The thorax is comprised of 12 thoracic vertebrae and 12 pairs of ribs, which attach anteriorly to the sternum. The lungs take up most of the space in the thorax, with the mediastinum in between. The lungs are lined in parietal pleura, which are separated from the visceral pleura by a small amount of serous fluid. The potential space between the visceral and parietal pleura is termed the pleural space.

Central nervous system stimulation to breathe leads to contraction of the diaphragm and intercostal muscles, causing expansion of the thoracic cavity. This reduces intra-thoracic pressure lower than atmospheric pressure, drawing in air to the alveoli. This requires expansion of the lungs and ribcage and smooth movement of the pleura relative to one another. There must be free passage of air through the airway to the alveoli where gas exchange occurs across the alveolar membrane, delivering oxygen to the circulation.

The purpose of breathing is to provide oxygenation of the blood, and to remove carbon dioxide. The cardiovascular system transports the oxygenated blood to the tissues for cellular metabolism. In order for sufficient oxygen to reach the arterial blood there has to be adequate ventilation AND adequate perfusion of the lungs.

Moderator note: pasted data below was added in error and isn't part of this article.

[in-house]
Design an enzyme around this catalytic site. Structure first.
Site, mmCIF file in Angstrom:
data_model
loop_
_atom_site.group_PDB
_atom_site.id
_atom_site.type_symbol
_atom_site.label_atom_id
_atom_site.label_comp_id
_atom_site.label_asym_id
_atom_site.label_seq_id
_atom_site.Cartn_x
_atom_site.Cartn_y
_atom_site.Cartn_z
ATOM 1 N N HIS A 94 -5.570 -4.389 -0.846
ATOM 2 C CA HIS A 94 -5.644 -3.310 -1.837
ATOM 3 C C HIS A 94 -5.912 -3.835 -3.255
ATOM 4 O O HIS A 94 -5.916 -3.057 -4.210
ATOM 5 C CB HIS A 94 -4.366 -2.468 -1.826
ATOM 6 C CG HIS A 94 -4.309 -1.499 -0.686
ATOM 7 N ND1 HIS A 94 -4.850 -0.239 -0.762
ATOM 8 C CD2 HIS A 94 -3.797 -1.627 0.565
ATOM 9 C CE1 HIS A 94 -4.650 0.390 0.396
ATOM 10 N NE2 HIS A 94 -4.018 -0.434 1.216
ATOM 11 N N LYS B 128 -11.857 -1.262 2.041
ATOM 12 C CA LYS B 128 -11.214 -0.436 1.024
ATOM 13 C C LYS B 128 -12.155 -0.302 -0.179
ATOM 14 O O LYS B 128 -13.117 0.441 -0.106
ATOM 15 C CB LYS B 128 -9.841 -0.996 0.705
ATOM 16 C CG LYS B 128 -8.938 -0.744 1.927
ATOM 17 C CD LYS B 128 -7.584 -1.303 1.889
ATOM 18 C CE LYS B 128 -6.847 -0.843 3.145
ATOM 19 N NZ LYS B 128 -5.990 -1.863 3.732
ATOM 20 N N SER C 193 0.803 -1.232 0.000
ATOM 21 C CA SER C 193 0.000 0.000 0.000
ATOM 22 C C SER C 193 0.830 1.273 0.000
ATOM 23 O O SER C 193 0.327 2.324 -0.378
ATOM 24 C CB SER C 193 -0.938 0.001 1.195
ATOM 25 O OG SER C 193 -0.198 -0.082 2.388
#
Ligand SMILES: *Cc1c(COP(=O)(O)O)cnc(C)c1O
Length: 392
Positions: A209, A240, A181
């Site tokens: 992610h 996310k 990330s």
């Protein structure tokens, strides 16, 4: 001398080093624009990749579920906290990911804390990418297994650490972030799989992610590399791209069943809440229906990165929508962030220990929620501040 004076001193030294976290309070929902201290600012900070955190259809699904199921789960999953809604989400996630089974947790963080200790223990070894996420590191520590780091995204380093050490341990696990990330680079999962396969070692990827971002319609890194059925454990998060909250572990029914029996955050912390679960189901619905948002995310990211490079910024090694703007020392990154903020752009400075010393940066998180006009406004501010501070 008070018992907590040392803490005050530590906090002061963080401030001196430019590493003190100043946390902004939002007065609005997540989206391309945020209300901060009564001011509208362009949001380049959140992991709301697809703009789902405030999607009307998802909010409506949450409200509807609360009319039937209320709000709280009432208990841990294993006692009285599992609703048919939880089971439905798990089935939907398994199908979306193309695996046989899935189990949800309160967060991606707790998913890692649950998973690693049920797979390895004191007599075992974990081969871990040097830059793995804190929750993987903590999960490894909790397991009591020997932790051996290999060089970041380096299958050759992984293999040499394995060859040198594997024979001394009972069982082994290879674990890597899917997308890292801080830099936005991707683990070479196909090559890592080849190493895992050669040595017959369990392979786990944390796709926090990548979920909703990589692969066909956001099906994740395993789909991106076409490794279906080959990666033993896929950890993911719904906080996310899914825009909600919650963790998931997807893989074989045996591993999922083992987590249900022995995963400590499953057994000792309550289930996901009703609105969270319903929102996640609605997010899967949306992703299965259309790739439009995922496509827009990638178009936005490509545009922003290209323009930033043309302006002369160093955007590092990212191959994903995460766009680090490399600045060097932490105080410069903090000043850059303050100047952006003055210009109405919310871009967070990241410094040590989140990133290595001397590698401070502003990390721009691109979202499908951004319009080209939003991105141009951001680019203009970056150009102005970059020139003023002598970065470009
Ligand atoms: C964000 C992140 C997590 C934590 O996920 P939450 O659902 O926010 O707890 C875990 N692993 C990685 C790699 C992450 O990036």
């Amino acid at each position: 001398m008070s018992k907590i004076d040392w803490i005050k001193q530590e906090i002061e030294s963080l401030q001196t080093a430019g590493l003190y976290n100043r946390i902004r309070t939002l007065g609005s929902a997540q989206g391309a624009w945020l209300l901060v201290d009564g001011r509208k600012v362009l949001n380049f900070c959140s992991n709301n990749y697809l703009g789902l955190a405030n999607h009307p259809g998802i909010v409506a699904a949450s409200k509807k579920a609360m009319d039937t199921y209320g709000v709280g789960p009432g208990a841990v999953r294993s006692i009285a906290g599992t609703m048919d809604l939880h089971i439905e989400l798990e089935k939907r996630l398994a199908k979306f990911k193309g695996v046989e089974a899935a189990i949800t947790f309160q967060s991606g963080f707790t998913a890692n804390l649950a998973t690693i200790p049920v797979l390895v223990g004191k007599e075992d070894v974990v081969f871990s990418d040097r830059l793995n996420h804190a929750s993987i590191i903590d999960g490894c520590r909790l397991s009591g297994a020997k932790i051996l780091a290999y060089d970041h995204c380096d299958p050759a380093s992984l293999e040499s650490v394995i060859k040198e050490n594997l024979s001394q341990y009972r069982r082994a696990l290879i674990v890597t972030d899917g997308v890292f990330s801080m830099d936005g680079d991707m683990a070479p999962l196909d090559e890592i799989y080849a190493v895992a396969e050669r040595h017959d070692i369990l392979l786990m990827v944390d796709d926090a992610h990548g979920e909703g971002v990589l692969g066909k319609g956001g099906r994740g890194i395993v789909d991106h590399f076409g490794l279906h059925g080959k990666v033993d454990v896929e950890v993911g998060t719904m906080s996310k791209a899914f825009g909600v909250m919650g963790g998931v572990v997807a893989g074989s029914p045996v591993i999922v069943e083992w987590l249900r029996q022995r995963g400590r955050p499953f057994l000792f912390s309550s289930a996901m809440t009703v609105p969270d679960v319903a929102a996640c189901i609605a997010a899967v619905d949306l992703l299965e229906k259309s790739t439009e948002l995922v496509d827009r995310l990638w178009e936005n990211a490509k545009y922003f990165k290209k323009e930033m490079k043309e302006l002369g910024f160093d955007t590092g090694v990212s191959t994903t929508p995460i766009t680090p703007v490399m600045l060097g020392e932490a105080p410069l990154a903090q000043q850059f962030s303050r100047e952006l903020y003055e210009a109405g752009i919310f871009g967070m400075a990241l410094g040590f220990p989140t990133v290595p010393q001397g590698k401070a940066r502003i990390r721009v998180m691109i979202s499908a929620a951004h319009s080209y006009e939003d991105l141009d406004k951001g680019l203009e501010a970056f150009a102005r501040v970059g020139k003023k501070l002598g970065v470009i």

A schematic representation of an alveolus and a capillary. Air enters the alveolus then gas exchange occurs by simple diffusion.

Ventilation is the amount of air that reaches the alveoli and perfusion is the amount of blood that reaches the alveoli.  As oxygen moves from the alveoli across the alveolar membrane into the blood within the alveolar capillaries it is clear both ventilation and perfusion need to be adequate for gas exchange to occur.  An imbalance of the two, e.g. when you have adequate perfusion of an alveolus but inadequate ventilation, is termed ventilation/perfusion mismatch (V/Q mismatch).  Clearly reduced gas exchange occurs in an alveolus under these circumstances and hypoxaemia will occur.